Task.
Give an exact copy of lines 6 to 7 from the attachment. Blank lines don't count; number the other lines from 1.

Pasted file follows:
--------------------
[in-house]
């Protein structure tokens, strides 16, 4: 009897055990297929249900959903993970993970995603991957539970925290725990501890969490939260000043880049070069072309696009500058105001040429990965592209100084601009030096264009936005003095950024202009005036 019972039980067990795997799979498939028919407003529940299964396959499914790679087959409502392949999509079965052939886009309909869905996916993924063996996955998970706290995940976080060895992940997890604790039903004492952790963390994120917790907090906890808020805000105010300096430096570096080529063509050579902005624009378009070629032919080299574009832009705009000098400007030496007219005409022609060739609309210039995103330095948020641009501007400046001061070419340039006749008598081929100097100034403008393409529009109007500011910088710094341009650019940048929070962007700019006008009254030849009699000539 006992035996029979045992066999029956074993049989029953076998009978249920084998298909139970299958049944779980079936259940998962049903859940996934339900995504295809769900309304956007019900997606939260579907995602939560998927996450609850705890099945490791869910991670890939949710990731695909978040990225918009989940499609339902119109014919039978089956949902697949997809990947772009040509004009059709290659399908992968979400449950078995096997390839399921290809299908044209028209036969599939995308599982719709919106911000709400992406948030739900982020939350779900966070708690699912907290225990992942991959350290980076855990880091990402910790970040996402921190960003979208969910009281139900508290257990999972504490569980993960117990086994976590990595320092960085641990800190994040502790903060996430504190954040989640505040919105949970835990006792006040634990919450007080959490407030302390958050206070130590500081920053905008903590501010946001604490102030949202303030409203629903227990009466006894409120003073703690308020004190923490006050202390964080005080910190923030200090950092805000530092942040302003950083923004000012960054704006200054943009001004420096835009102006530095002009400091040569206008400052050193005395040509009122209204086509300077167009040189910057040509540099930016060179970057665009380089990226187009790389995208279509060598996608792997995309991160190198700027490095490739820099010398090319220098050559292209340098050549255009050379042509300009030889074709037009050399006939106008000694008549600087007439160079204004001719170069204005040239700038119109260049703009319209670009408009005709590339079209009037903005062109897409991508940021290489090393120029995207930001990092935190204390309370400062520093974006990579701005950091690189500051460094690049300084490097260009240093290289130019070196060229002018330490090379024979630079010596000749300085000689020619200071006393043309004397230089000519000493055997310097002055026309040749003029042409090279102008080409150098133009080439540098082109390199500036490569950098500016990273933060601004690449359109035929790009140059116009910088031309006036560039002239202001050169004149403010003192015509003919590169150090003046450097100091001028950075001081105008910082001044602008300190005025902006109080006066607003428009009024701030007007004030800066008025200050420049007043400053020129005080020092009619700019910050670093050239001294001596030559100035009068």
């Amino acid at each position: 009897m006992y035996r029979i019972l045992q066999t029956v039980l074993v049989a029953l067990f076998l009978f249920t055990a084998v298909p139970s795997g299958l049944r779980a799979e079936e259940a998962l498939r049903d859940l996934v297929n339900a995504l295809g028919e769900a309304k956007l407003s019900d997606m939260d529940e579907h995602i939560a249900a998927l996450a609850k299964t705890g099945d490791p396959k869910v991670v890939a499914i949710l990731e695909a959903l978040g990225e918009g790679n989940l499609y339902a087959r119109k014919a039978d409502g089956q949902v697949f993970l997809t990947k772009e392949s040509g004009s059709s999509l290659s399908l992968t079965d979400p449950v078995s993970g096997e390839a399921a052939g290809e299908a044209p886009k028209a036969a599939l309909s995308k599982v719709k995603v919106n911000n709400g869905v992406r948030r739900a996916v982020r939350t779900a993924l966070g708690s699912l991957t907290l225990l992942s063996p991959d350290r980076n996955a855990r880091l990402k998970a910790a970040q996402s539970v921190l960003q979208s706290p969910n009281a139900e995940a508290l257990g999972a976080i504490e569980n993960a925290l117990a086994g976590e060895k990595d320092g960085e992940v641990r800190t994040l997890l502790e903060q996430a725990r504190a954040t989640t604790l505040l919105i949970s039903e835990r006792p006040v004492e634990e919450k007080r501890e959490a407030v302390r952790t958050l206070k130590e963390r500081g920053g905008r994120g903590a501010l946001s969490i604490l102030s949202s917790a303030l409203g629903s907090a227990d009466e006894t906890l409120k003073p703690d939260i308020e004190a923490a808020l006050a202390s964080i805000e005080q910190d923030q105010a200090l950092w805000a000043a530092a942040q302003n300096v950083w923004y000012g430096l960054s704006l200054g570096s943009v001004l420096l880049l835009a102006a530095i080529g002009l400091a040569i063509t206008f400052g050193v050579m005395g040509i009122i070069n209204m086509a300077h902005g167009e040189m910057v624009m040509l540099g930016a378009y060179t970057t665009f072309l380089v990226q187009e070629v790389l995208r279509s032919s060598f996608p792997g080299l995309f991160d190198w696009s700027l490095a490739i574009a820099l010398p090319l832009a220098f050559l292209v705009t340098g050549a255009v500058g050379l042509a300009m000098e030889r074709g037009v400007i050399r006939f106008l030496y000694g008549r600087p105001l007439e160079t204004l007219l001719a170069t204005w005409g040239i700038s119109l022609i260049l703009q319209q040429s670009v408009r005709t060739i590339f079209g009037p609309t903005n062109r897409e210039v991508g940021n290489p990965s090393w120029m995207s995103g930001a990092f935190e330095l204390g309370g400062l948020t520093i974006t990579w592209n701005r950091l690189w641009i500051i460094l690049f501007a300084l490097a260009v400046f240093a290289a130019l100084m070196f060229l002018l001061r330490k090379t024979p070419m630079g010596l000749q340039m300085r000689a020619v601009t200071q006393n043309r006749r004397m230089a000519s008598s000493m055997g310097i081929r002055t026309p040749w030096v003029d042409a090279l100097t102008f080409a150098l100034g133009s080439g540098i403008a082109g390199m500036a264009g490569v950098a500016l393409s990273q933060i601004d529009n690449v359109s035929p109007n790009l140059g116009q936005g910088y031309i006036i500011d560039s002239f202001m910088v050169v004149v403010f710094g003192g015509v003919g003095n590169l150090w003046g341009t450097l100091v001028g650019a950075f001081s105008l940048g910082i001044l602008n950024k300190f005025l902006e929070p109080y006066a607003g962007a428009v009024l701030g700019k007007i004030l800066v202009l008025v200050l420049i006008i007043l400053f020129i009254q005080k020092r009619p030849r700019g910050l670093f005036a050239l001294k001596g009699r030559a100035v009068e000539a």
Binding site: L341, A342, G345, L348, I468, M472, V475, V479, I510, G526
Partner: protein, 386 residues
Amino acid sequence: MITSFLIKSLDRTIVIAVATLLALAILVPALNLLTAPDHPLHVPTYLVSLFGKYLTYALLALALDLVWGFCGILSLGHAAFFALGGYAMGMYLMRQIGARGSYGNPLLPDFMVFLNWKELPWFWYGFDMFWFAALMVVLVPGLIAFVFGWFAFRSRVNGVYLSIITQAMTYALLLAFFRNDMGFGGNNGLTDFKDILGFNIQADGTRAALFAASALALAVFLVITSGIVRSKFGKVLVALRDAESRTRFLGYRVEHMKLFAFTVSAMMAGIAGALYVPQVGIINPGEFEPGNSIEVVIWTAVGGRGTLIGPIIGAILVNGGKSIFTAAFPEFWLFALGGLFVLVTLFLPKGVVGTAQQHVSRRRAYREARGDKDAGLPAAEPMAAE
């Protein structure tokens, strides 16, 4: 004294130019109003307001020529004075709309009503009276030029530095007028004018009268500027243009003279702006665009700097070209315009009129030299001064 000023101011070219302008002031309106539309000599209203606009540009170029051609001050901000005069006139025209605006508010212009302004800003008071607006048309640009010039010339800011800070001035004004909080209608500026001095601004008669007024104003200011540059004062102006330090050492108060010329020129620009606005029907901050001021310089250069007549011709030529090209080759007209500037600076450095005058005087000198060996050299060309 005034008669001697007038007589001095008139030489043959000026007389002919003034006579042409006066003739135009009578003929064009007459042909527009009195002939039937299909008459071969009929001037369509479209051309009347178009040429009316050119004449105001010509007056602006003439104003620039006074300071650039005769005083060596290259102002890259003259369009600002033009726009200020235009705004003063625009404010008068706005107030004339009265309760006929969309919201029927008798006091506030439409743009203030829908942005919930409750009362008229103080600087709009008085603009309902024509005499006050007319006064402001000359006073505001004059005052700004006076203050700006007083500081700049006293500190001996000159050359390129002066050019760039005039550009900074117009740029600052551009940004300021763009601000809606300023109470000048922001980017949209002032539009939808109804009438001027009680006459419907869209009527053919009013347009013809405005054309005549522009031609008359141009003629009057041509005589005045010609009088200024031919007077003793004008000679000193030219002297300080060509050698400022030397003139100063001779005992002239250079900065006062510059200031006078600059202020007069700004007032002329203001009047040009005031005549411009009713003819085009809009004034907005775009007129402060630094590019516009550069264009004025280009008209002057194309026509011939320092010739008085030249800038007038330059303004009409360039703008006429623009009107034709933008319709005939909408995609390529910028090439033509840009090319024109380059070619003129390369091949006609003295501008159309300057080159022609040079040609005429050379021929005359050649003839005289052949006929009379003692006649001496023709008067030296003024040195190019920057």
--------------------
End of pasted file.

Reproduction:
Amino acid sequence: MITSFLIKSLDRTIVIAVATLLALAILVPALNLLTAPDHPLHVPTYLVSLFGKYLTYALLALALDLVWGFCGILSLGHAAFFALGGYAMGMYLMRQIGARGSYGNPLLPDFMVFLNWKELPWFWYGFDMFWFAALMVVLVPGLIAFVFGWFAFRSRVNGVYLSIITQAMTYALLLAFFRNDMGFGGNNGLTDFKDILGFNIQADGTRAALFAASALALAVFLVITSGIVRSKFGKVLVALRDAESRTRFLGYRVEHMKLFAFTVSAMMAGIAGALYVPQVGIINPGEFEPGNSIEVVIWTAVGGRGTLIGPIIGAILVNGGKSIFTAAFPEFWLFALGGLFVLVTLFLPKGVVGTAQQHVSRRRAYREARGDKDAGLPAAEPMAAE
């Protein structure tokens, strides 16, 4: 004294130019109003307001020529004075709309009503009276030029530095007028004018009268500027243009003279702006665009700097070209315009009129030299001064 000023101011070219302008002031309106539309000599209203606009540009170029051609001050901000005069006139025209605006508010212009302004800003008071607006048309640009010039010339800011800070001035004004909080209608500026001095601004008669007024104003200011540059004062102006330090050492108060010329020129620009606005029907901050001021310089250069007549011709030529090209080759007209500037600076450095005058005087000198060996050299060309 005034008669001697007038007589001095008139030489043959000026007389002919003034006579042409006066003739135009009578003929064009007459042909527009009195002939039937299909008459071969009929001037369509479209051309009347178009040429009316050119004449105001010509007056602006003439104003620039006074300071650039005769005083060596290259102002890259003259369009600002033009726009200020235009705004003063625009404010008068706005107030004339009265309760006929969309919201029927008798006091506030439409743009203030829908942005919930409750009362008229103080600087709009008085603009309902024509005499006050007319006064402001000359006073505001004059005052700004006076203050700006007083500081700049006293500190001996000159050359390129002066050019760039005039550009900074117009740029600052551009940004300021763009601000809606300023109470000048922001980017949209002032539009939808109804009438001027009680006459419907869209009527053919009013347009013809405005054309005549522009031609008359141009003629009057041509005589005045010609009088200024031919007077003793004008000679000193030219002297300080060509050698400022030397003139100063001779005992002239250079900065006062510059200031006078600059202020007069700004007032002329203001009047040009005031005549411009009713003819085009809009004034907005775009007129402060630094590019516009550069264009004025280009008209002057194309026509011939320092010739008085030249800038007038330059303004009409360039703008006429623009009107034709933008319709005939909408995609390529910028090439033509840009090319024109380059070619003129390369091949006609003295501008159309300057080159022609040079040609005429050379021929005359050649003839005289052949006929009379003692006649001496023709008067030296003024040195190019920057």